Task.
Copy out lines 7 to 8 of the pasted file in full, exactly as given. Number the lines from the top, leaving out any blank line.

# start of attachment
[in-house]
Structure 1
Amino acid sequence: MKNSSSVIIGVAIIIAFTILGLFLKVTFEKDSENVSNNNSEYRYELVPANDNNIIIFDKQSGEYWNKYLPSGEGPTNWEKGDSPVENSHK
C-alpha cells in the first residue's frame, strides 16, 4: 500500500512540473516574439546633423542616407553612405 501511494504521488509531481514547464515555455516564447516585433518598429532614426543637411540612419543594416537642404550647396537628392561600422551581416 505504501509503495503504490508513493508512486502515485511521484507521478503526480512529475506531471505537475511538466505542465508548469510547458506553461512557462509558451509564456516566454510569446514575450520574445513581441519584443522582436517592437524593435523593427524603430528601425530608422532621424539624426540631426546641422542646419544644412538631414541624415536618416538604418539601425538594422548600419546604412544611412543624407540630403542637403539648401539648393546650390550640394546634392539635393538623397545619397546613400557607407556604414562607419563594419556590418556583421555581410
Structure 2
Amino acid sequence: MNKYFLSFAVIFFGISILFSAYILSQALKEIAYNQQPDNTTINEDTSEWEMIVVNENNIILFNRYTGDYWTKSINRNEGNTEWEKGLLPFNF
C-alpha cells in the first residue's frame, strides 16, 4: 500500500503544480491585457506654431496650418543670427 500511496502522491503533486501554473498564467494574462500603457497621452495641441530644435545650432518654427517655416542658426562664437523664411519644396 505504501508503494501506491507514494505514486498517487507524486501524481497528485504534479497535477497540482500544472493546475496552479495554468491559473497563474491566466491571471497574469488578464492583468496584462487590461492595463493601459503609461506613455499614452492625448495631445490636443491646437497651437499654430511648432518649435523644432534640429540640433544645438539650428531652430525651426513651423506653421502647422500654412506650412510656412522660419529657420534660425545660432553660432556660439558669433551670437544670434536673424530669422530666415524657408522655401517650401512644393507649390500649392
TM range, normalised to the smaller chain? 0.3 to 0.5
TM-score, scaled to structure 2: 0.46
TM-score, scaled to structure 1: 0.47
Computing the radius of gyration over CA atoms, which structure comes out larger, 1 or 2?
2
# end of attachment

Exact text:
C-alpha cells in the first residue's frame, strides 16, 4: 500500500503544480491585457506654431496650418543670427 500511496502522491503533486501554473498564467494574462500603457497621452495641441530644435545650432518654427517655416542658426562664437523664411519644396 505504501508503494501506491507514494505514486498517487507524486501524481497528485504534479497535477497540482500544472493546475496552479495554468491559473497563474491566466491571471497574469488578464492583468496584462487590461492595463493601459503609461506613455499614452492625448495631445490636443491646437497651437499654430511648432518649435523644432534640429540640433544645438539650428531652430525651426513651423506653421502647422500654412506650412510656412522660419529657420534660425545660432553660432556660439558669433551670437544670434536673424530669422530666415524657408522655401517650401512644393507649390500649392
TM range, normalised to the smaller chain? 0.3 to 0.5